Jason DeCaires Taylor
Jason deCaires Taylor, born in 1974 to an English father and a Guyanese mother, is a sculptor, environmentalist and professional underwater photographer. He graduated from the London Institute of Arts in 1998 with a BA Honours in Sculpture. Taylor became the first of a new generation of artists to shift the concepts of the Land art movement into the realm of the marine environment.
His permanent site-specific sculptural works are predominately exhibited in submerged and tidal marine environments, exploring modern themes of conservation and environmental activism. Over the past 17 years, Taylor has been one of the first to consider the underwater realm as a public art space and is best known for his numerous large-scale underwater “Museums” and “Sculpture Parks”.
Taylor gained international recognition in 2006 with the creation of the world’s first underwater sculpture park, situated off the west coast of Grenada in the West Indies. Moilinere Bay Underwater Sculpture Park is now listed as one of the Top 25 Wonders of the World by National Geographic. The park was instrumental in the government declaring the site a National Marine Protected Area. Taylor has gone on to produce over 1,100 public terrestrial and underwater sculptures worldwide, which are visited by thousands of visitors each week.
The works are constructed using pH neutral, environmentally sensitive materials to instigate natural growth and the subsequent changes intended to explore the aesthetics of decay, rebirth and metamorphosis. Taylor’s pioneering public art projects are not only examples of successful marine conservation, but works of art that seek to encourage environmental awareness and lead us to appreciate the breathtaking natural beauty of the underwater world.
He has received numerous sculpture and photography awards, is a member of The Royal Society of Sculptors, an Ocean Ambassador to DAN (Divers Alert Network), an Ocean Exemplar of The World Ocean Observatory and a featured TED speaker. Taylor has been recognised for both creativity and inspirational leadership in recent years by Fast Company and Global Leaders Today. Taylor was awarded The Global Thinker Award by Foreign Policy and was described as the Jacques Cousteau of the art world.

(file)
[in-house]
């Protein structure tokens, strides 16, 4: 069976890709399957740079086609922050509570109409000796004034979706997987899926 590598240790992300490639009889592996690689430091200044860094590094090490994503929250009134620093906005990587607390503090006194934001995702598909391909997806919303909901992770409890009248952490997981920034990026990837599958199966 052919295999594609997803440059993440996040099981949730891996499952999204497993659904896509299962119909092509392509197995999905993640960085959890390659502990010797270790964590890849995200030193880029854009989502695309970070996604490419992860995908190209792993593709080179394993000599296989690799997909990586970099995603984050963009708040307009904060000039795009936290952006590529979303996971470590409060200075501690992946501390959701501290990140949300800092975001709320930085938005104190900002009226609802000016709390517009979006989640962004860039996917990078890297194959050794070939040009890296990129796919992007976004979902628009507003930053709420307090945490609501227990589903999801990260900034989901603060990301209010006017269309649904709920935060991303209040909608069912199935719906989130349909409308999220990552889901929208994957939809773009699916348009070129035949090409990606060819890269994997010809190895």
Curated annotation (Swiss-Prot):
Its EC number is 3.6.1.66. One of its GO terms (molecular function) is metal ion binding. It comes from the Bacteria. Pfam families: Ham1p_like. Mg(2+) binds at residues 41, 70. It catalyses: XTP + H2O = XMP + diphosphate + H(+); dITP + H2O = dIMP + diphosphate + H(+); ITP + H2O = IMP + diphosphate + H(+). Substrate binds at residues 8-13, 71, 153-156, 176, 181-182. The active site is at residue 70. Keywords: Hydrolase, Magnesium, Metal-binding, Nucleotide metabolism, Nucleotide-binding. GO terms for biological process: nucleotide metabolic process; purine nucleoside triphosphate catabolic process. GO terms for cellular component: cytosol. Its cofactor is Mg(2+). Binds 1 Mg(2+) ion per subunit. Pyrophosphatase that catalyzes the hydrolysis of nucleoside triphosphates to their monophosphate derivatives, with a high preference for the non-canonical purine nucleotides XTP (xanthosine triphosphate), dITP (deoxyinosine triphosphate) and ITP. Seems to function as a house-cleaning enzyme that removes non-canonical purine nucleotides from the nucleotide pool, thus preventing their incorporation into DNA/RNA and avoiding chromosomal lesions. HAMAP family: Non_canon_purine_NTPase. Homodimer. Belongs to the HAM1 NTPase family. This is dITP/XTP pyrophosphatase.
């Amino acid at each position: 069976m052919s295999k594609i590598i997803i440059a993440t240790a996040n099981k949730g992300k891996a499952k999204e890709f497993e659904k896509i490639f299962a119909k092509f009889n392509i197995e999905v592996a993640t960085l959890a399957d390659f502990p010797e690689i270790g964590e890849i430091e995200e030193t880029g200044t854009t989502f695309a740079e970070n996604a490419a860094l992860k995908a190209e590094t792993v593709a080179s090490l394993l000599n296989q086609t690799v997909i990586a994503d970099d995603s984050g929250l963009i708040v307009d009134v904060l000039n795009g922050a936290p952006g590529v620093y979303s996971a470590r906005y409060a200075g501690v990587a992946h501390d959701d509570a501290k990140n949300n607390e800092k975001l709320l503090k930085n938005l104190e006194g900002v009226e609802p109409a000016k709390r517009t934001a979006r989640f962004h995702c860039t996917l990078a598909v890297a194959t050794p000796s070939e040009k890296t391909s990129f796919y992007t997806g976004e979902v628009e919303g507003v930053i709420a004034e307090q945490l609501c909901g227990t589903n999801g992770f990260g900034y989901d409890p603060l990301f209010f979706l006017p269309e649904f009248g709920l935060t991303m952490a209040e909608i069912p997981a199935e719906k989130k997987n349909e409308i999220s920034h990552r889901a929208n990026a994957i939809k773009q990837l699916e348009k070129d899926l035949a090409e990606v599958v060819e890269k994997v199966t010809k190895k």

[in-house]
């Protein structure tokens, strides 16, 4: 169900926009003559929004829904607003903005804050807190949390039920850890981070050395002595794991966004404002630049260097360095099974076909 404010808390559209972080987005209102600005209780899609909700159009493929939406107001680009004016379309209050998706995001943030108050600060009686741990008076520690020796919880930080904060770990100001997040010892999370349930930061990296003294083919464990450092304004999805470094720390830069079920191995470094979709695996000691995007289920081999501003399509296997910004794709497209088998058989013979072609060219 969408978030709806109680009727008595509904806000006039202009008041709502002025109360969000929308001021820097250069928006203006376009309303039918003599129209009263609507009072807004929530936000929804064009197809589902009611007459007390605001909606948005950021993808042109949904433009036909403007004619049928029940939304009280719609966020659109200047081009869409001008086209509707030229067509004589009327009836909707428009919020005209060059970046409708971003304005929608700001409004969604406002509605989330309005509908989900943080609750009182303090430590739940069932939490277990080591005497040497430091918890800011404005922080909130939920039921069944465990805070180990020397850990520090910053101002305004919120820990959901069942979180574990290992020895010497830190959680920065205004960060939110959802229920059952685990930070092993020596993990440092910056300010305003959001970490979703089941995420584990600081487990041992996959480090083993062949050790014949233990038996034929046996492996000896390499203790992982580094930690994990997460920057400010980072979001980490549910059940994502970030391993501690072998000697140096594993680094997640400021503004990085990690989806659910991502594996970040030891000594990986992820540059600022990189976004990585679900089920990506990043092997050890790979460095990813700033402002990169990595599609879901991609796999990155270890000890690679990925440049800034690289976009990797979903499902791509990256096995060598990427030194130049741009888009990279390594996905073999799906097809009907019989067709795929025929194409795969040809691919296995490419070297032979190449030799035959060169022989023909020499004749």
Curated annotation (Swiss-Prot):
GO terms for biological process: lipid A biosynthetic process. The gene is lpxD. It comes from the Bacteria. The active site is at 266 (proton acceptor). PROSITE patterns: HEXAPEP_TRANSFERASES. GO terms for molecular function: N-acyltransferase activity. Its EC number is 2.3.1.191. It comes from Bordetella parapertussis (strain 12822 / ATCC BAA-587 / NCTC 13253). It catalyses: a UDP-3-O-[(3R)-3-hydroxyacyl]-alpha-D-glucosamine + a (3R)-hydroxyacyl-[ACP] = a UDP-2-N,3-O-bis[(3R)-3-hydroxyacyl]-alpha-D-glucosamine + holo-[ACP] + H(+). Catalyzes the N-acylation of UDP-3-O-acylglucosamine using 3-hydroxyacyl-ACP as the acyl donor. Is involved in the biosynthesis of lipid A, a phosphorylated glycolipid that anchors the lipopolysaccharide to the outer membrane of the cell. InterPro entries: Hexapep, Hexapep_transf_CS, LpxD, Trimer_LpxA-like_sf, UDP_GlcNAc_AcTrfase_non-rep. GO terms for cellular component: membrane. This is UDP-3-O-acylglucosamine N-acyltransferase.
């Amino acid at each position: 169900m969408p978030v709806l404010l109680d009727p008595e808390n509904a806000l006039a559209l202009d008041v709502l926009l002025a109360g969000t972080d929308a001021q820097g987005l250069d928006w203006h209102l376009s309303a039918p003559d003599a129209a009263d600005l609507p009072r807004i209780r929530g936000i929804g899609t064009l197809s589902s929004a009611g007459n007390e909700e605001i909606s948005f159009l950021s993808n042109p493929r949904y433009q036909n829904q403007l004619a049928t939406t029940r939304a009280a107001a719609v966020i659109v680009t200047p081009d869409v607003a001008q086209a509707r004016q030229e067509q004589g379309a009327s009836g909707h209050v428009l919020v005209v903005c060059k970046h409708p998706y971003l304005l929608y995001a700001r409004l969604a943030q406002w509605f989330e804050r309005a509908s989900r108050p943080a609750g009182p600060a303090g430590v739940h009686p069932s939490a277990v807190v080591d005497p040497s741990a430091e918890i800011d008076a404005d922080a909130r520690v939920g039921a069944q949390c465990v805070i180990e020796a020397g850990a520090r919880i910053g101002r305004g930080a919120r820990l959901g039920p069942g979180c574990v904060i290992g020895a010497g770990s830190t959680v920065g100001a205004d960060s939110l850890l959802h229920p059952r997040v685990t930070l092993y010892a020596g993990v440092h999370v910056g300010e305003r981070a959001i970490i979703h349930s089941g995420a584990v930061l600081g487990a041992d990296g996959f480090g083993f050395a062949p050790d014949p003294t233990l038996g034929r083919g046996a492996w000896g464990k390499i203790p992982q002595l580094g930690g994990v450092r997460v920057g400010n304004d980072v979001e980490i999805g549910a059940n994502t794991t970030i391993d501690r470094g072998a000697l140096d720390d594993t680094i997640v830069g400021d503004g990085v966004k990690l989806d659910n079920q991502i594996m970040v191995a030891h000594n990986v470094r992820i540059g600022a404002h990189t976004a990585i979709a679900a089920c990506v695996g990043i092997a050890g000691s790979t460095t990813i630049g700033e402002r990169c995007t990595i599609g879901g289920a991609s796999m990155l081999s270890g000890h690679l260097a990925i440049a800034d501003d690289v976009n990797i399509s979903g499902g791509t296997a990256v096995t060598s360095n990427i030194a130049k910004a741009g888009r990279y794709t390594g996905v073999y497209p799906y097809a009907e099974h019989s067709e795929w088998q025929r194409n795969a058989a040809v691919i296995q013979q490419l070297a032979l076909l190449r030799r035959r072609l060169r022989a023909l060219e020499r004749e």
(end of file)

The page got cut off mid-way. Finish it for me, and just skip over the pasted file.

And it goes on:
The first underwater ecomuseum in France and the Mediterranean is in Cannes!
Six Cannois lent their features to the artist for this project, the theme of which is the mask. The result: two-metre-high faces, each weighing around 10 tonnes, which pay tribute to the man in the iron mask who was imprisoned on the island for 11 years, and to the 7th art form, of which Cannes is the capital every year during its festival.
“I wanted local people, anonymous people” – Jason deCaires Taylor
In Cannes, his aim was to bring the local community to life, to involve society and the inhabitants. To create a double face, with a double perspective. The six statues are accessible to everyone at a maximum depth of five metres on the southern shore of the Ile Sainte-Marguerite. No diving equipment is required.
The six faces were transported to the south of the island and submerged, between 84 and 132 metres from the shore. Located at a depth of between 3 and 5 metres, the sculpturesare accessible to the public, as the bathing area has been enlarged to accommodate them. No anchoring is allowed in this Natura 200 zone, to make it easier for the public to access, but above all to bring these previously degraded seabeds back to life.